4. Aggregate, Consolidate, Simplify.  Encourage your plan sponsor to adopt rollover and Deemed Individual Retirement Account (Deemed IRA) provisions. There may be significant value in aggregating or consolidating retirement assets. Economies of scale matter.  Typically, as 401(k) and IRA accounts increase in value, administrative costs decline. Similarly, as IRAs increase in value, investment costs may be less for certain classes of mutual funds that require a minimum balance. Finally, consolidating retirement assets offers a single view of investment allocations. A single view of all retirement assets may improve your investment decision-making.  

3. Many hands make light work.7  A single person or a single plan can sometimes carry the entire load. However, if you are married, most couples improve their family’s chances of winning the 401kRace if each participates in their own employer’s plan.  Another strategy to consider is to seek out employers who offer multiple retirement benefit options – defined benefit pensions, 403(b) annuities, 457(b) deferred compensation, retiree medical coverage, etc. Also, a successful retirement may be much more likely where there are multiple income sources – along with Social Security, Medicare, home equity, 2nd career employment, etc.8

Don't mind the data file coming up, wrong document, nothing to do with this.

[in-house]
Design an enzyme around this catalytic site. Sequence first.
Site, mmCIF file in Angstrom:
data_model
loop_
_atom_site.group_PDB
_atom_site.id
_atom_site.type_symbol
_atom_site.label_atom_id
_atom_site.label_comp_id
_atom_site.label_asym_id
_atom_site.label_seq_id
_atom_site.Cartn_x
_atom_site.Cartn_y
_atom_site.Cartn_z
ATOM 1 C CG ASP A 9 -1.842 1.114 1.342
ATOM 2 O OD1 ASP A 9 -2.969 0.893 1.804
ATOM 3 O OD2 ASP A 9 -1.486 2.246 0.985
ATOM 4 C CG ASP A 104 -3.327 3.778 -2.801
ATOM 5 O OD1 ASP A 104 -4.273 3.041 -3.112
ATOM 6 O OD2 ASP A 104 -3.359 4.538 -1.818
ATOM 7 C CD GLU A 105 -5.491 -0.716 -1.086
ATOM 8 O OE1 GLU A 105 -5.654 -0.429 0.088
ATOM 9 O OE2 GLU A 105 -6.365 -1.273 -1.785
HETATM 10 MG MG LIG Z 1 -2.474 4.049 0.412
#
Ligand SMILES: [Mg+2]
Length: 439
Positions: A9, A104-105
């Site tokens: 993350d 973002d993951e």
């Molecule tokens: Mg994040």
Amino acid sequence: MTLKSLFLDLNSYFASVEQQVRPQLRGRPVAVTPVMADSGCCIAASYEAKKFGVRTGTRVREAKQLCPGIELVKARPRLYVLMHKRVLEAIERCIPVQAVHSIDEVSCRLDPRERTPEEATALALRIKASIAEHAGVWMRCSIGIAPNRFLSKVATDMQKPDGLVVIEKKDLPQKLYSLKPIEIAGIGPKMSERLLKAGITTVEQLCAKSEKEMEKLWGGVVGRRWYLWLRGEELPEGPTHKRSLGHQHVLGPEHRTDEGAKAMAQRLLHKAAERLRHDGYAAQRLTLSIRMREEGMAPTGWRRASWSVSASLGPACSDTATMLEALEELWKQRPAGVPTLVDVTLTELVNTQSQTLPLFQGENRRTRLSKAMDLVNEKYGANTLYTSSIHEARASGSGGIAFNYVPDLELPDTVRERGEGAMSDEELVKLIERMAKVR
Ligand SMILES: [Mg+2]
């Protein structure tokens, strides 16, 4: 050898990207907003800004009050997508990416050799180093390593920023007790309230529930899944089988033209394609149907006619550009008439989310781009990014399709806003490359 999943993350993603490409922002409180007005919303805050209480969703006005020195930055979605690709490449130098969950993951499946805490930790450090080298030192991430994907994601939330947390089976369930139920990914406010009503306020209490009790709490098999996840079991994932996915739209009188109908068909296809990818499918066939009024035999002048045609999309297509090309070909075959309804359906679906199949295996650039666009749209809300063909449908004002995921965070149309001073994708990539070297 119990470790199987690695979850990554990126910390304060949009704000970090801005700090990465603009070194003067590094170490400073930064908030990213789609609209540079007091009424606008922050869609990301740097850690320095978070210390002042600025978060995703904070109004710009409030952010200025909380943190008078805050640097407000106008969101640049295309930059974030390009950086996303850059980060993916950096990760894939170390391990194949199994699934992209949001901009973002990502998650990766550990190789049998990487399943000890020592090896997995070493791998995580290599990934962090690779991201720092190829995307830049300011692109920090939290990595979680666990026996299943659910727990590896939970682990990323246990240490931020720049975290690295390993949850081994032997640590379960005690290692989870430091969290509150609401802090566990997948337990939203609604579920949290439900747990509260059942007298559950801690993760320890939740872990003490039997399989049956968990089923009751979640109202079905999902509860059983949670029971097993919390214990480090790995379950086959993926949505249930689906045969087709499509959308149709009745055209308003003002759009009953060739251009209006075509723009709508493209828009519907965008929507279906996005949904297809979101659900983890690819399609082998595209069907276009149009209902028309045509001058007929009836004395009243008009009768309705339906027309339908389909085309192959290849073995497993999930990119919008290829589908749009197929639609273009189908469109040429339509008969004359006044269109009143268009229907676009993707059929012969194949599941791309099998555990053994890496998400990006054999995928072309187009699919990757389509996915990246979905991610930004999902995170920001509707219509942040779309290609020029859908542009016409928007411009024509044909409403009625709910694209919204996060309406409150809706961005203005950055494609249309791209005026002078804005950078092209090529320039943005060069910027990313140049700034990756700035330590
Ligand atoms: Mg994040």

2. First things first.  Once you commence payout of retirement benefits, the value you ultimately receive could be substantially different depending on the order and rate of payout you choose for each income source. For example, a worker age 65 today who could have started Social Security at age 62, will receive a higher nominal dollar amount by deferring commencement. For every $1,000/month she could have received at age 62, she could instead elect $1,333.34 at Social Security Normal Retirement Age 66 or ~$1,760 if she defers commencement until age 70. Also, the amount of Social Security benefit you get to keep may depend on other taxable wage and investment income you receive. Further, when Medicare coverage starts, your income may affect the amount of premium you pay for Medicare coverage of physician services and drug coverage. So it may make a difference when you commence retirement payouts and whether payments are taxable or tax free.